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Briefly: EU on iTunes, 10.4.9 phone sync, Intel's Bearlake, Verizon card for MBP

The European Commission has in short order raised —and then quashed —hints of legal action on a larger scope against iTunes' closed system. At the same time, Apple's latest Mac OS X update has greatly expanded its phone support, details have surfaced of Intel's new mainstream desktop platform, and Verizon gave MacBook Pros faster Internet access.

EU consumer head triggers worry over iTunes DRM

The European Union's Commissioner for Consumer Protection, Meglena Kuneva, laid to rest this week worries that the continent-wide body would take legal action against Apple over the inoperability of its iTunes Store purchases with non-iPod hardware.

The consumer head caused a brief scare by taking an insistent tone during an interview with Germany's Focus magazine published this week, demanding that "something should change" with Apple's tactics. Some interpreted the statement as a sign that the EU would force a legal change in the near future.

However, Kuneva quickly defused the potentially explosive situation by arguing that she only wanted to provoke thoughts about the issue, also denying any parallels between Apple's position and Microsoft's troubles with the European Commission.

"I would like, really, to start this debate. What is best to develop this market and to have more consumers enjoying this really very important, very modern way of downloading and enjoying the music," she said. "Somebody drew the comparison with Microsoft. No, this is not the case because the share of the market of Apple is really not a big one so there is not any reason to talk about infringement."

Apple is still facing legal challenges from individual European nations over its reluctance to open its standards.

Mac OS X 10.4.9 update boosts sync support

Apple today revealed that it had significantly expanded its phone support as part of Tuesday's 10.4.9 update for Mac OS X.

Although scarcely publicized by the company, the update in some cases adds entire model ranges to the company's handset compatibility, adding Nokia's N-series smartphones to the list for the first time as well as Motorola's newer KRZR K1 and a trio of Sony-Ericsson's K-series cameraphones.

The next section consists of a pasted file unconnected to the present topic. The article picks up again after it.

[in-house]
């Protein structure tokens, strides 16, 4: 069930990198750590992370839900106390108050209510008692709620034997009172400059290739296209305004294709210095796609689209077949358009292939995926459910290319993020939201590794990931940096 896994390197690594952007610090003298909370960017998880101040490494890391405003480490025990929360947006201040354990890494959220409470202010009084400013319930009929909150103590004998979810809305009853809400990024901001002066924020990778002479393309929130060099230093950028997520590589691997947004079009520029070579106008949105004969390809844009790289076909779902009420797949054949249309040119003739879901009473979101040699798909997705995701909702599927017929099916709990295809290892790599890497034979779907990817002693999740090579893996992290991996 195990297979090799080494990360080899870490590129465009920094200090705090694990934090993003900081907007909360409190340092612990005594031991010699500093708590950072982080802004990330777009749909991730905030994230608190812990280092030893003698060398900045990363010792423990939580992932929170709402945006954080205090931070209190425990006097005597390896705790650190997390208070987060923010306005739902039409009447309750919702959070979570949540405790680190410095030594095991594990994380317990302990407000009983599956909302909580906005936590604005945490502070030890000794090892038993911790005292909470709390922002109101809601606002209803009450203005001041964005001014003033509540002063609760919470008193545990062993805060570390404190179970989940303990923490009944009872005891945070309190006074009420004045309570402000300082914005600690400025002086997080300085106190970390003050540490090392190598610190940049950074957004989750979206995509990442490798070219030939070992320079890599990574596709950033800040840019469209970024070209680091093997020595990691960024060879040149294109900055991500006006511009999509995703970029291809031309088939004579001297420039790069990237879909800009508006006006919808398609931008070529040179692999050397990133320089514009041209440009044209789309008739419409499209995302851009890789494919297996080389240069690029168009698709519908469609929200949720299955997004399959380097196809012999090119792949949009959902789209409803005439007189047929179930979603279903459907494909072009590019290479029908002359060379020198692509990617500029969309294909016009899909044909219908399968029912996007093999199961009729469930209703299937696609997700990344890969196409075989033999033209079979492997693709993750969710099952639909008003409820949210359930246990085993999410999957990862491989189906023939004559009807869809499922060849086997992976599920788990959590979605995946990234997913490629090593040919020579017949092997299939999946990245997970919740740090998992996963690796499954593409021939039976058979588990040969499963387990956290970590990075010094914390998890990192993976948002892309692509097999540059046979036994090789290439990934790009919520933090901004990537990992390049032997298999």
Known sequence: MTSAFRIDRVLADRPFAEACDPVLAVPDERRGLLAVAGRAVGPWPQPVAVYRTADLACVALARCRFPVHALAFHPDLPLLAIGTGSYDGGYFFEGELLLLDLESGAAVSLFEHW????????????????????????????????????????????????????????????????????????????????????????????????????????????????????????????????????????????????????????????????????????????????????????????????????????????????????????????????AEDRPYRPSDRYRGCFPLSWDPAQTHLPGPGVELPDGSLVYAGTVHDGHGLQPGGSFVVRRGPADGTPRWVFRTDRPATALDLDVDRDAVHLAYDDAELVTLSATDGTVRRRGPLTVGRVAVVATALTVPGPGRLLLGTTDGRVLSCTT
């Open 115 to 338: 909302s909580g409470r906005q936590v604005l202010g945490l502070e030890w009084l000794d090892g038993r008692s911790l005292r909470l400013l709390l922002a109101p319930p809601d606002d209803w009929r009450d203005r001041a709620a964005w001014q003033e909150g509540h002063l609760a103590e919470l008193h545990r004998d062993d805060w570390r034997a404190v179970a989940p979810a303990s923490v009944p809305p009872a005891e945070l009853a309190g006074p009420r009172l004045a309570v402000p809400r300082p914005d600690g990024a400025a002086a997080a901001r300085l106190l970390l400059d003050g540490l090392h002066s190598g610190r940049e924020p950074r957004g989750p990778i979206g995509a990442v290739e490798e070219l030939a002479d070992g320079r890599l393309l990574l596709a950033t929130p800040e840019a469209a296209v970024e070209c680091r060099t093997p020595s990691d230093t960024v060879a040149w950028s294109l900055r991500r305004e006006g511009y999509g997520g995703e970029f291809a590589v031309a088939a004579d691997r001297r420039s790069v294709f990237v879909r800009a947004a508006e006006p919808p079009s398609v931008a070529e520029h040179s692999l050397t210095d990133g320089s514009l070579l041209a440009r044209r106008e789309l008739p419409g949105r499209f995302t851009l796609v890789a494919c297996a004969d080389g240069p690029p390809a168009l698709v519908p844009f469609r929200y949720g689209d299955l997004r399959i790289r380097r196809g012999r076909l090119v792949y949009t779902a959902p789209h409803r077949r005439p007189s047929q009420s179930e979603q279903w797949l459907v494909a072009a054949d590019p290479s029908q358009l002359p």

Surprisingly, Apple has also begun making its sync support more explicit: most of the new models are accompanied by the sync methods they support. Most of the freshly added devices have the choice of synchronizing their contacts through Bluetooth and USB.

Intel's Bearlake appears at CeBIT

Several of Intel's partners were out in force at the CeBIT consumer electronics expo in Hannover, Germany today, demonstrating the chipmaker's new Bearlake platform.

The technology represents a major spike in performance for the company's mainstream Core 2 Duo and Core 2 Quad desktop chips, ramping up the system bus speed from 1.06 to 1.33GHz and adding support for faster DDR3 memory.

Bearlake should be available in April or May. However, Apple does not currently use Bearlake's current-day equivalent (nicknamed Conroe) in any of its current systems, opting instead for the Xeon 5100 (Woodcrest) in the Mac Pro and mobile Core 2 Duo (Merom) chips for almost all of its existing lineup.

Verizon launches EVDO Rev. A card for MacBook Pros

Validating Apple's WWAN update issued last month, Verizon on Thursday released its V740 ExpressCard for laptops that support the more recent card standard.

Verizon EVDO card

The card is the first that Verizon subscribers with MacBook Pros can use which gives them access to the provider's new EVDO Revision A mobile broadband network. It promises 3G wireless speeds closer to landline access, peaking at 800Kbps downstream and 400Kbps upstream in actual use.

Owners of Apple's pro laptop can install and run the card without extra software when the WWAN update is installed.